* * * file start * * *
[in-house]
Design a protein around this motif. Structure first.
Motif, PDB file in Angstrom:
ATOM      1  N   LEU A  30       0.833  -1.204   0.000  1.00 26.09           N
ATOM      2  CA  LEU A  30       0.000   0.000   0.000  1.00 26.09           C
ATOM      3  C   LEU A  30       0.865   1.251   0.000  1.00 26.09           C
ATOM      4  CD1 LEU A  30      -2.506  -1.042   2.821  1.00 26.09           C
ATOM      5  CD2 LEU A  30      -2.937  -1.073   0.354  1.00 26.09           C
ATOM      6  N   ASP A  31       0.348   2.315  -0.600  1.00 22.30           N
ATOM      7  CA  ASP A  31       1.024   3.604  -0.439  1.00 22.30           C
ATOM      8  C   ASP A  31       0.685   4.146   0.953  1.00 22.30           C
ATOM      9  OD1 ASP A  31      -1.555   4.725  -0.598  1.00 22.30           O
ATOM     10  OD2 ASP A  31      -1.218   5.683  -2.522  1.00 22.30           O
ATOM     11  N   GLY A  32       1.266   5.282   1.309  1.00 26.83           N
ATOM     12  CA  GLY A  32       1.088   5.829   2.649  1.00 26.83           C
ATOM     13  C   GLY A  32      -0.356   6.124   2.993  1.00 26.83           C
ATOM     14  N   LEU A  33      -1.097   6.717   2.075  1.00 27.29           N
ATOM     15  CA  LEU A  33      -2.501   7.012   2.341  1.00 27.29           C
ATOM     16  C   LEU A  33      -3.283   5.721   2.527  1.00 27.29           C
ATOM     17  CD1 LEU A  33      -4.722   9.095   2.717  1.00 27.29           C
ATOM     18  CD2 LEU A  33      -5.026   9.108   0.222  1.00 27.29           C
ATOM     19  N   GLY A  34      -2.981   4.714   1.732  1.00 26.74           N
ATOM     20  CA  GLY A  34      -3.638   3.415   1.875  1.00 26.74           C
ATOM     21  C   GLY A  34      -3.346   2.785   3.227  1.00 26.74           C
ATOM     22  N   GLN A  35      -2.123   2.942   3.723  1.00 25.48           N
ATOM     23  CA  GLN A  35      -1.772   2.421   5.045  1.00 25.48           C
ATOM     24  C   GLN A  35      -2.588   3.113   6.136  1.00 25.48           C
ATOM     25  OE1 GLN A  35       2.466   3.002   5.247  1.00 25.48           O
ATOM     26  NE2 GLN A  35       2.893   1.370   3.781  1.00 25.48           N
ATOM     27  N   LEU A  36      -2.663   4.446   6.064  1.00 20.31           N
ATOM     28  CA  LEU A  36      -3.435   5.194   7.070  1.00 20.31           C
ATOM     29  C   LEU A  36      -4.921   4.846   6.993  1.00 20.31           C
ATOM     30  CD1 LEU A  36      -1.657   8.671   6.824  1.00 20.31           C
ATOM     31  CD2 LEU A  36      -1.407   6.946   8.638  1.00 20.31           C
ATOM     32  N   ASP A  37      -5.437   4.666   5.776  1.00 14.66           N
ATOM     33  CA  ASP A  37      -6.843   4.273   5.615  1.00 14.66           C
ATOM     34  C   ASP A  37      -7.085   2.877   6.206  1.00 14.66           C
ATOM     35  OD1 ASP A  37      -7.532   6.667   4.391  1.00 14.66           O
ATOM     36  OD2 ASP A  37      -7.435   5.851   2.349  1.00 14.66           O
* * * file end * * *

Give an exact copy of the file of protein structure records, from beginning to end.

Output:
[in-house]
Design a protein around this motif. Structure first.
Motif, PDB file in Angstrom:
ATOM      1  N   LEU A  30       0.833  -1.204   0.000  1.00 26.09           N
ATOM      2  CA  LEU A  30       0.000   0.000   0.000  1.00 26.09           C
ATOM      3  C   LEU A  30       0.865   1.251   0.000  1.00 26.09           C
ATOM      4  CD1 LEU A  30      -2.506  -1.042   2.821  1.00 26.09           C
ATOM      5  CD2 LEU A  30      -2.937  -1.073   0.354  1.00 26.09           C
ATOM      6  N   ASP A  31       0.348   2.315  -0.600  1.00 22.30           N
ATOM      7  CA  ASP A  31       1.024   3.604  -0.439  1.00 22.30           C
ATOM      8  C   ASP A  31       0.685   4.146   0.953  1.00 22.30           C
ATOM      9  OD1 ASP A  31      -1.555   4.725  -0.598  1.00 22.30           O
ATOM     10  OD2 ASP A  31      -1.218   5.683  -2.522  1.00 22.30           O
ATOM     11  N   GLY A  32       1.266   5.282   1.309  1.00 26.83           N
ATOM     12  CA  GLY A  32       1.088   5.829   2.649  1.00 26.83           C
ATOM     13  C   GLY A  32      -0.356   6.124   2.993  1.00 26.83           C
ATOM     14  N   LEU A  33      -1.097   6.717   2.075  1.00 27.29           N
ATOM     15  CA  LEU A  33      -2.501   7.012   2.341  1.00 27.29           C
ATOM     16  C   LEU A  33      -3.283   5.721   2.527  1.00 27.29           C
ATOM     17  CD1 LEU A  33      -4.722   9.095   2.717  1.00 27.29           C
ATOM     18  CD2 LEU A  33      -5.026   9.108   0.222  1.00 27.29           C
ATOM     19  N   GLY A  34      -2.981   4.714   1.732  1.00 26.74           N
ATOM     20  CA  GLY A  34      -3.638   3.415   1.875  1.00 26.74           C
ATOM     21  C   GLY A  34      -3.346   2.785   3.227  1.00 26.74           C
ATOM     22  N   GLN A  35      -2.123   2.942   3.723  1.00 25.48           N
ATOM     23  CA  GLN A  35      -1.772   2.421   5.045  1.00 25.48           C
ATOM     24  C   GLN A  35      -2.588   3.113   6.136  1.00 25.48           C
ATOM     25  OE1 GLN A  35       2.466   3.002   5.247  1.00 25.48           O
ATOM     26  NE2 GLN A  35       2.893   1.370   3.781  1.00 25.48           N
ATOM     27  N   LEU A  36      -2.663   4.446   6.064  1.00 20.31           N
ATOM     28  CA  LEU A  36      -3.435   5.194   7.070  1.00 20.31           C
ATOM     29  C   LEU A  36      -4.921   4.846   6.993  1.00 20.31           C
ATOM     30  CD1 LEU A  36      -1.657   8.671   6.824  1.00 20.31           C
ATOM     31  CD2 LEU A  36      -1.407   6.946   8.638  1.00 20.31           C
ATOM     32  N   ASP A  37      -5.437   4.666   5.776  1.00 14.66           N
ATOM     33  CA  ASP A  37      -6.843   4.273   5.615  1.00 14.66           C
ATOM     34  C   ASP A  37      -7.085   2.877   6.206  1.00 14.66           C
ATOM     35  OD1 ASP A  37      -7.532   6.667   4.391  1.00 14.66           O
ATOM     36  OD2 ASP A  37      -7.435   5.851   2.349  1.00 14.66           O